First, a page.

Jessica Jones: A Study in Grooming and Exploitation?

jessicajones_poster“Jessica. I know your secrets. I know about your friends, about your gifts. Jessica. Jessica Jones. I know everything.” ~Kilgrave, Jessica Jones

He’s so incredibly interested in you. He asks questions. He listens like no one ever has.

He’s never too busy to find out everything there is to know about you. Your hopes. Your dreams. Your talents. Who your friends and family are.

He takes you places. Wines and dines you. You get a taste of the finer things. Expensive meals, hotels, spas: money is no object. Some days you think you are living in a dream.

You experience this all with someone who is really interested in you, in taking care of you.

Watchers of the Netflix TV show Jessica Jones know about the master manipulator, Kilgrave. He’s a man who can bend anyone to his will, make anyone do *anything* he wants.

Superhero Jessica Jones was once in his power. He exploited her and her abilities for his own gain. Once she broke free, Kilgrave turned to other women. He used and manipulated them into doing unimaginable things.

For people who have been exploited by a lover, or who work everyday with survivors of sexual abuse like I do, the Marvel villain Kilgrave hits very close to home.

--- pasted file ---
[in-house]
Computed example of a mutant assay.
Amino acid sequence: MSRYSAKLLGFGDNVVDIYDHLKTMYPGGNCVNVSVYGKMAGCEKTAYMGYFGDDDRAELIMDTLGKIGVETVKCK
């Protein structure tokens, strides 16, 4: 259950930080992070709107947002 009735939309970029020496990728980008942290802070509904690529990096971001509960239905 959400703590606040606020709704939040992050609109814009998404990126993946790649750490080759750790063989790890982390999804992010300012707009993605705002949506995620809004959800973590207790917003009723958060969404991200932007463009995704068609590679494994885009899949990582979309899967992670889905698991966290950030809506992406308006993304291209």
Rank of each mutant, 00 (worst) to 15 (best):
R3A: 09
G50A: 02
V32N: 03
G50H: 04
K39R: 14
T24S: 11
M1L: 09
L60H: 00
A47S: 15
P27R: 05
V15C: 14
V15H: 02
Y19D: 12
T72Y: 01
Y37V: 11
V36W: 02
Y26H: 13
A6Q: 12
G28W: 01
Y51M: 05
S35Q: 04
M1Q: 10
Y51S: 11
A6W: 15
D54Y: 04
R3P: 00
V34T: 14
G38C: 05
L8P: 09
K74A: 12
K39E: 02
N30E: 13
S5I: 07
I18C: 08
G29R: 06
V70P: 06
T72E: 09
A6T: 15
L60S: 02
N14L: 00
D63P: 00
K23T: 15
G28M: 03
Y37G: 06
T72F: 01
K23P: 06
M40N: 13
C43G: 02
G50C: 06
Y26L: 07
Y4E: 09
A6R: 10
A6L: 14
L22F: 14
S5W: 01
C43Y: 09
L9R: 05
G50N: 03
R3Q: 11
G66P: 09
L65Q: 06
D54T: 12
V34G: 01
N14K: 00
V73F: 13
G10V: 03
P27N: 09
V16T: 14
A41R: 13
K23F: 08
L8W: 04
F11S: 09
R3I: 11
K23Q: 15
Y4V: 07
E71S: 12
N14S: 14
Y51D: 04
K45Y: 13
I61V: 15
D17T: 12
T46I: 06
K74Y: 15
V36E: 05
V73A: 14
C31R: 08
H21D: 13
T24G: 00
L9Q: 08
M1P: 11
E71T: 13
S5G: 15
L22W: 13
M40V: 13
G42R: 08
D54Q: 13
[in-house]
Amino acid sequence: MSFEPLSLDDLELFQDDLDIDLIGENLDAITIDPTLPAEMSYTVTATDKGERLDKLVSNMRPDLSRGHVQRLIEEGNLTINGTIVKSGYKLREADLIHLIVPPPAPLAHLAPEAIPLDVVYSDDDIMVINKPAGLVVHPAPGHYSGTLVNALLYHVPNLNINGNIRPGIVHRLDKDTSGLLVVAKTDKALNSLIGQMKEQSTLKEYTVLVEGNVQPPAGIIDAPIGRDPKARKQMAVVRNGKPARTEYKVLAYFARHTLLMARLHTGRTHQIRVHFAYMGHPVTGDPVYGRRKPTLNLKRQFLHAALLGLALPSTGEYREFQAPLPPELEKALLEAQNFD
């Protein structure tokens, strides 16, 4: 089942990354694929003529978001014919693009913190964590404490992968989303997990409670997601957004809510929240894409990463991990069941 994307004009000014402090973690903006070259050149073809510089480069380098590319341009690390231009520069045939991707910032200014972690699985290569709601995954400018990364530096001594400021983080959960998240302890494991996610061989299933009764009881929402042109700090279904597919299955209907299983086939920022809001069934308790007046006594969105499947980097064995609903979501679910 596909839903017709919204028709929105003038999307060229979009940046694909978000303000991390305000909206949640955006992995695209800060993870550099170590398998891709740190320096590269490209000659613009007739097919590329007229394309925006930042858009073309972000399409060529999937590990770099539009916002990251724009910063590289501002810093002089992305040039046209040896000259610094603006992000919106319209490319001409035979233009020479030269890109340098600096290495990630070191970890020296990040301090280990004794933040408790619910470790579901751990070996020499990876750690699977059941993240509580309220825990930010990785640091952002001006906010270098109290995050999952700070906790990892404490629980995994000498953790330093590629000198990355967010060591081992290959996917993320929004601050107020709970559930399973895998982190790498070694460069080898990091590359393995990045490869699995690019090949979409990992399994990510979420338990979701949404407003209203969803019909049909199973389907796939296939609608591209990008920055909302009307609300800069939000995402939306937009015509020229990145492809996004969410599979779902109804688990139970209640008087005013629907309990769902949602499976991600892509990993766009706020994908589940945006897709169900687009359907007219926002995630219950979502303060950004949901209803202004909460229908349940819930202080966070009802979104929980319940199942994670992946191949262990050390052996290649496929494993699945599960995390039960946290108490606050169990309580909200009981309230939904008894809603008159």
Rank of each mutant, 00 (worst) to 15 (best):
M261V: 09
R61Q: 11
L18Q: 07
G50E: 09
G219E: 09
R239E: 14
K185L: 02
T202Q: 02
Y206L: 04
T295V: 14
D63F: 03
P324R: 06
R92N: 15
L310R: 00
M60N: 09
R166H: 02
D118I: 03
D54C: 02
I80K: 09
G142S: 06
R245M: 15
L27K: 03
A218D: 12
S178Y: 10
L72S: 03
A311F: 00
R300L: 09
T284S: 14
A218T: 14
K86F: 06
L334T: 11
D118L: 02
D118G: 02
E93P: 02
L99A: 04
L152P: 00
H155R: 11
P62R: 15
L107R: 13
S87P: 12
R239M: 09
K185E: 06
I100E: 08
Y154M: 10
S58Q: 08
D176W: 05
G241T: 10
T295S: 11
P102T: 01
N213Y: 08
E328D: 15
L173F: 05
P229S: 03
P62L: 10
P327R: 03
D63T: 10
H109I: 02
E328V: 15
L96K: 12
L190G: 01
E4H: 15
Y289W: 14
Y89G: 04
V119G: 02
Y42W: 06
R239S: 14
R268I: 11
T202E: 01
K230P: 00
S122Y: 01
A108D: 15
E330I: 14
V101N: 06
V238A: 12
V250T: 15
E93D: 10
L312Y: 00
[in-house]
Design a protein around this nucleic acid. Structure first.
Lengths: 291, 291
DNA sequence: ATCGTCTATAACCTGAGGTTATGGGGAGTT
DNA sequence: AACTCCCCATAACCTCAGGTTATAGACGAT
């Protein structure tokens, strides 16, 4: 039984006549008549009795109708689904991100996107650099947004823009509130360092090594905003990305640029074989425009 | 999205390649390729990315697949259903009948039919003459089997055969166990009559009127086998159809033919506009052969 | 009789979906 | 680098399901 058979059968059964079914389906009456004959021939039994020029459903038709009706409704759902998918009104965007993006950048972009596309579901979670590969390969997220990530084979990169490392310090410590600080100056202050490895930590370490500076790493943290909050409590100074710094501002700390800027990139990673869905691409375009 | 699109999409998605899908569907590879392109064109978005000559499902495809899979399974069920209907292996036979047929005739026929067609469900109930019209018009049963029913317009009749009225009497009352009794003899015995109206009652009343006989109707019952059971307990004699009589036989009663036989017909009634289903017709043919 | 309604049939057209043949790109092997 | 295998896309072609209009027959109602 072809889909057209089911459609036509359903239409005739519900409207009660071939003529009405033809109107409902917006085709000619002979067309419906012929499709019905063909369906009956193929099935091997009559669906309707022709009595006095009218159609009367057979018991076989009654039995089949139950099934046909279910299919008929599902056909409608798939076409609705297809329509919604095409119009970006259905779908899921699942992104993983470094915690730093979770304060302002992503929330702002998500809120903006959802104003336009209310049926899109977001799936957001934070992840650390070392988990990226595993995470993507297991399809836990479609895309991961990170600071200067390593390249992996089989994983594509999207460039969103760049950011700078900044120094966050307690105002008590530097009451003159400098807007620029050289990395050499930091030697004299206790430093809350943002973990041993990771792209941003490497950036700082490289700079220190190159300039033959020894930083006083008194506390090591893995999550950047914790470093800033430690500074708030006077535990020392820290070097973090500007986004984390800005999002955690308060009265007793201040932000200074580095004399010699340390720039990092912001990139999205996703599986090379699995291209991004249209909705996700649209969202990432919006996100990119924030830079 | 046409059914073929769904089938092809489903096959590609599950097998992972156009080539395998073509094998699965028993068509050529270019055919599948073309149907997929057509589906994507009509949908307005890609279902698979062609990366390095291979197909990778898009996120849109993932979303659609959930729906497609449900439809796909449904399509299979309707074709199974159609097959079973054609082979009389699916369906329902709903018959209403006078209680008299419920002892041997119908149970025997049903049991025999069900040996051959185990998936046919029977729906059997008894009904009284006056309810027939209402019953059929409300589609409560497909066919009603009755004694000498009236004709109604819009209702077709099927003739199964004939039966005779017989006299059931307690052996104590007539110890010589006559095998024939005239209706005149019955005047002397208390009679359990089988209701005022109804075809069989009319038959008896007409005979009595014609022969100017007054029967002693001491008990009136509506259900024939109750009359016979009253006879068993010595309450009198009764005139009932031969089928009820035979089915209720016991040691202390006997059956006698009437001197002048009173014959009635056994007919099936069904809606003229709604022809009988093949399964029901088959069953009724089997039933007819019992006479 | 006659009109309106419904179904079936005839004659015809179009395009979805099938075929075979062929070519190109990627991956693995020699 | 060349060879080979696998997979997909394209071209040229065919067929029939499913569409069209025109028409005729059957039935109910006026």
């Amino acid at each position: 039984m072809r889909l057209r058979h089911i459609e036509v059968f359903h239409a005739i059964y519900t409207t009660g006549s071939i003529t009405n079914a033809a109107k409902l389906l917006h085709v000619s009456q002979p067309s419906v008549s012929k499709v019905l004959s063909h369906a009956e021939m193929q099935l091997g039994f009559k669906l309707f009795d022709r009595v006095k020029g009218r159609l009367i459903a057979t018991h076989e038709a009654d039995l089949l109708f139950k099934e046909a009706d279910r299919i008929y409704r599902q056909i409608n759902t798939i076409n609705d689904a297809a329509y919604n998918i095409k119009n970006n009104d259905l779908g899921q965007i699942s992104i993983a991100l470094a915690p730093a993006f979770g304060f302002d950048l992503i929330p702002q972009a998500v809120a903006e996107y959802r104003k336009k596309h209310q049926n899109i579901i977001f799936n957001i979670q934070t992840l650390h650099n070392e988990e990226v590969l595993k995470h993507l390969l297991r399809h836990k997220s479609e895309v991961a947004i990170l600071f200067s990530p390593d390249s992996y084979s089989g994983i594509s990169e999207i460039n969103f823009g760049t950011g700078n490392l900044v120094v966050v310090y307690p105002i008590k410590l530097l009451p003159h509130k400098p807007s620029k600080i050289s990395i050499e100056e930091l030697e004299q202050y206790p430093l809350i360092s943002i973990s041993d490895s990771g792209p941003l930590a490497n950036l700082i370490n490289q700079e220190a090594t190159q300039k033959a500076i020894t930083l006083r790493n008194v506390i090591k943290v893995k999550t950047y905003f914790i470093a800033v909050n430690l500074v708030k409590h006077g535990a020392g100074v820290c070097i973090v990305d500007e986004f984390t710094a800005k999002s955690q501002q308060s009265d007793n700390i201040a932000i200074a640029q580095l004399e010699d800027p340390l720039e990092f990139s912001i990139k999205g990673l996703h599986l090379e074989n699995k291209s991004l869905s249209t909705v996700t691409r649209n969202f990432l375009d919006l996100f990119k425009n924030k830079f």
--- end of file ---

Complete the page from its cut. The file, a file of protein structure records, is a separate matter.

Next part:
Kilgrave makes those he exploits do things they never would before. He puts a fence around his victim’s brains. And that’s where they stay – trapped in a prison of their own minds.

Someone who grooms vulnerable people for exploitation works in much the same way as Kilgrave. I see this everyday in my practice. It is called grooming and it often follows a predictable pattern.

  • They find out everything there is to know about you.
  • They tell you that no one cares more about you than they do.
  • They tell you that they love you. That no one has ever made them feel this way before.
  • While they get you to open up about your dreams and your secrets, they convince you that their future is with you.
  • They ply you with gifts, expensive meals and experiences.
  • They might convince you to do things that you might not have normally done – sexual acts or even encourage you to engage in criminal behaviour.
  • They might even encourage you to engage in sexual acts that you are uncomfortable with, but because you want to please them so badly you do it.
  • They start to isolate you from friends and family.
  • They convince you that they need to do things to help raise money for your new life together.
  • For many, it can mean doing anything they can to give their lover what they want.
  • For some, this means work in the sex trade. Many in this situation believe it is temporary, and will help their lover raise enough money to start a life together.

Kilgrave is a fascinating study into a manipulator and the process of grooming taken to an extreme. However, real-life exploitation doesn’t require superpowers nor the otherworldly talents of a supervillain.

There is something at work that is just as powerful in cases of grooming and sexual exploitation: the promise of love and security.

For survivors of sexual abuse, who have bravely dismantled that fence around their minds, they know how powerful that pull can be – even as the legal system and service providers struggle to understand.


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